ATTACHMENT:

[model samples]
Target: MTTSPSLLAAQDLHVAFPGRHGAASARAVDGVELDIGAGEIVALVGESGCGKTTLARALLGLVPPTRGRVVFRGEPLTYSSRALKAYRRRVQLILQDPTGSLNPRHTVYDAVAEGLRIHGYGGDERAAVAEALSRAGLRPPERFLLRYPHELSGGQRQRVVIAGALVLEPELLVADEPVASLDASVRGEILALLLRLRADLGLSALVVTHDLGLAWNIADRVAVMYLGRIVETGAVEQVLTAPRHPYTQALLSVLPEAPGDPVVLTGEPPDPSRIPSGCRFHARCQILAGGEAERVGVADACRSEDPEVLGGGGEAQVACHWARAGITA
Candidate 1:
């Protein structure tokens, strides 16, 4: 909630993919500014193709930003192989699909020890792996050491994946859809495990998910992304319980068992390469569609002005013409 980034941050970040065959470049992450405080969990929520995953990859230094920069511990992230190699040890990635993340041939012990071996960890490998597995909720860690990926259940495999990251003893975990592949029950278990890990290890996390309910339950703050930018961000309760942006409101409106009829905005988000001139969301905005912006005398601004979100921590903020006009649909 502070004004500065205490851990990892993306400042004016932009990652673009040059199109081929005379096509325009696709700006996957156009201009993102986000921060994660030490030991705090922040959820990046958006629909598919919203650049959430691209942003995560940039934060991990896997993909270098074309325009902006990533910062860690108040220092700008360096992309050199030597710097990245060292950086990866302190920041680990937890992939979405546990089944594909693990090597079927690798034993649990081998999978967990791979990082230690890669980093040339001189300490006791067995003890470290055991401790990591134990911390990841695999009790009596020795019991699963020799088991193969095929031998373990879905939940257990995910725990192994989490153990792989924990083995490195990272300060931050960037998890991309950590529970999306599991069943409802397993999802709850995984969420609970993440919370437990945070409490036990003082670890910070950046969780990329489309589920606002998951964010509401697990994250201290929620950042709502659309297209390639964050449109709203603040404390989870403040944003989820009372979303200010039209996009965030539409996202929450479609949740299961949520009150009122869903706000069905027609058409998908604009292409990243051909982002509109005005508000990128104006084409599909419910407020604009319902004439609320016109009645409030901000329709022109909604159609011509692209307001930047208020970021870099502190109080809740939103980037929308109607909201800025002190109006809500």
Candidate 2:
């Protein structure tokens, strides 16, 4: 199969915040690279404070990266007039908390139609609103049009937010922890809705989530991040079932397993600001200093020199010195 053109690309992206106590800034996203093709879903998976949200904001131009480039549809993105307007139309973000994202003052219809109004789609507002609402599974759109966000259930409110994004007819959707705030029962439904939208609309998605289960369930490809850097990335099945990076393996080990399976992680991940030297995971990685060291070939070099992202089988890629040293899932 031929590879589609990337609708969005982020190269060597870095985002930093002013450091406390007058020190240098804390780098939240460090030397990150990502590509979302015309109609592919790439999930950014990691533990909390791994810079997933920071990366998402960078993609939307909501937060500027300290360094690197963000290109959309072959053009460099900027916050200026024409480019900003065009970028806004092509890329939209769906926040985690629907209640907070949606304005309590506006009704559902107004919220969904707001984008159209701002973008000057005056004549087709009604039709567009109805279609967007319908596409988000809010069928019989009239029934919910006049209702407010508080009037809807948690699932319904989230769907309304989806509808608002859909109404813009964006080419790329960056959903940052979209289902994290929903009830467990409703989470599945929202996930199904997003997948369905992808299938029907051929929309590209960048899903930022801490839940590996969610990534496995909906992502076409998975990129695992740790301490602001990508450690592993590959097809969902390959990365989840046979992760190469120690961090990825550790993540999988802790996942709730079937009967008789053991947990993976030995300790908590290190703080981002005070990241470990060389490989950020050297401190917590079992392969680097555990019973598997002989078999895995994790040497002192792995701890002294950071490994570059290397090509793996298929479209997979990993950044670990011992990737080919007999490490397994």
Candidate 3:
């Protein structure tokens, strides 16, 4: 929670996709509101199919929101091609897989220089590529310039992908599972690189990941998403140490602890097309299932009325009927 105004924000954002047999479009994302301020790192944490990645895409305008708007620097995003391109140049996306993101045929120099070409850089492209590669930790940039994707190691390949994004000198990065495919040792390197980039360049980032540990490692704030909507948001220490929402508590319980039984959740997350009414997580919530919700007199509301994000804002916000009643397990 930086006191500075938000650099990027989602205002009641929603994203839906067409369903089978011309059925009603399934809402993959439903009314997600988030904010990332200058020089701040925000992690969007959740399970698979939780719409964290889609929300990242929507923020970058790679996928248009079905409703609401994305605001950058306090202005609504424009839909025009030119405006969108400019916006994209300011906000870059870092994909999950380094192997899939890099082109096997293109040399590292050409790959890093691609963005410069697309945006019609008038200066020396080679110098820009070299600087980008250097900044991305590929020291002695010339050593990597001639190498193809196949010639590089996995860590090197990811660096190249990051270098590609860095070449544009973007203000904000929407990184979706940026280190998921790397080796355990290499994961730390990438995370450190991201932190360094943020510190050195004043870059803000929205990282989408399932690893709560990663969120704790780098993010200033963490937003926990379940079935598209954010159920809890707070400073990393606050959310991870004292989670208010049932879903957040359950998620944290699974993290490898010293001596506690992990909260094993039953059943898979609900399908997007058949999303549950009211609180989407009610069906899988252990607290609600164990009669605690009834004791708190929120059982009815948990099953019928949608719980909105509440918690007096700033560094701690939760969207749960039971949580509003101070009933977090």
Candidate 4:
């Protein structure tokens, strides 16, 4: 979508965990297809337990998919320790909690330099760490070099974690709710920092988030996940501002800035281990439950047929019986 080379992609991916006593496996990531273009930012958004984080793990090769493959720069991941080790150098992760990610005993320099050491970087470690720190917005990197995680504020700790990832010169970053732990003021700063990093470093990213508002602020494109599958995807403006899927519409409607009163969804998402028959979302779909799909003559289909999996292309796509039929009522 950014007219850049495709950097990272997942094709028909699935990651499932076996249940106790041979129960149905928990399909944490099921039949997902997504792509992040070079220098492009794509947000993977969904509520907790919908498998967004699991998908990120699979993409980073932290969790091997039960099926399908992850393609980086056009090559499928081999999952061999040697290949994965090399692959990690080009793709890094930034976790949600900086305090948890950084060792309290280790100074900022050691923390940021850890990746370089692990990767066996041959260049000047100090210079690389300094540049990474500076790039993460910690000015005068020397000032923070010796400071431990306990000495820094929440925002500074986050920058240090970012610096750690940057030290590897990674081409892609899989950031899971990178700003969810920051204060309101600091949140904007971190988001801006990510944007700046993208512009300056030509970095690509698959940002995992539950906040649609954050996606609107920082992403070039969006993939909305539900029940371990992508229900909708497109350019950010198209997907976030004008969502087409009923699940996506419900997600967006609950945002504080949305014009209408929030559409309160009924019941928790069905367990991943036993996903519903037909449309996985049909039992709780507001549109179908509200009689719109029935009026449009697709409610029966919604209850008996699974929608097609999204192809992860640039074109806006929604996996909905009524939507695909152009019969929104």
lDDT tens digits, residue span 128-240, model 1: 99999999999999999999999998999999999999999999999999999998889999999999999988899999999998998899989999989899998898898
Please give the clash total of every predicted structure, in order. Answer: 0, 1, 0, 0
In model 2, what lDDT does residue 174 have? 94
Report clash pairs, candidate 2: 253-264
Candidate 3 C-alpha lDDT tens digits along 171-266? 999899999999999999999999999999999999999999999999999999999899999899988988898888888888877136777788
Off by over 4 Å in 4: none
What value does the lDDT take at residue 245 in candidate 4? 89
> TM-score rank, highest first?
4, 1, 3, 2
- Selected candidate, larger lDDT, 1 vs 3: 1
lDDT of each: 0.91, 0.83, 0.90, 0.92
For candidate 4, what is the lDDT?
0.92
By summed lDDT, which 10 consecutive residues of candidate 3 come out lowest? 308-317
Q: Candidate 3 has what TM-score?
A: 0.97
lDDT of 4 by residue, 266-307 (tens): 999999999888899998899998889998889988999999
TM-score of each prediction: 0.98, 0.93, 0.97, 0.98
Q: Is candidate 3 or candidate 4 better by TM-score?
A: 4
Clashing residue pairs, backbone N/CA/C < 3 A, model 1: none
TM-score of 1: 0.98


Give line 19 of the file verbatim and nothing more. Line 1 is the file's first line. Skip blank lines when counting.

4, 1, 3, 2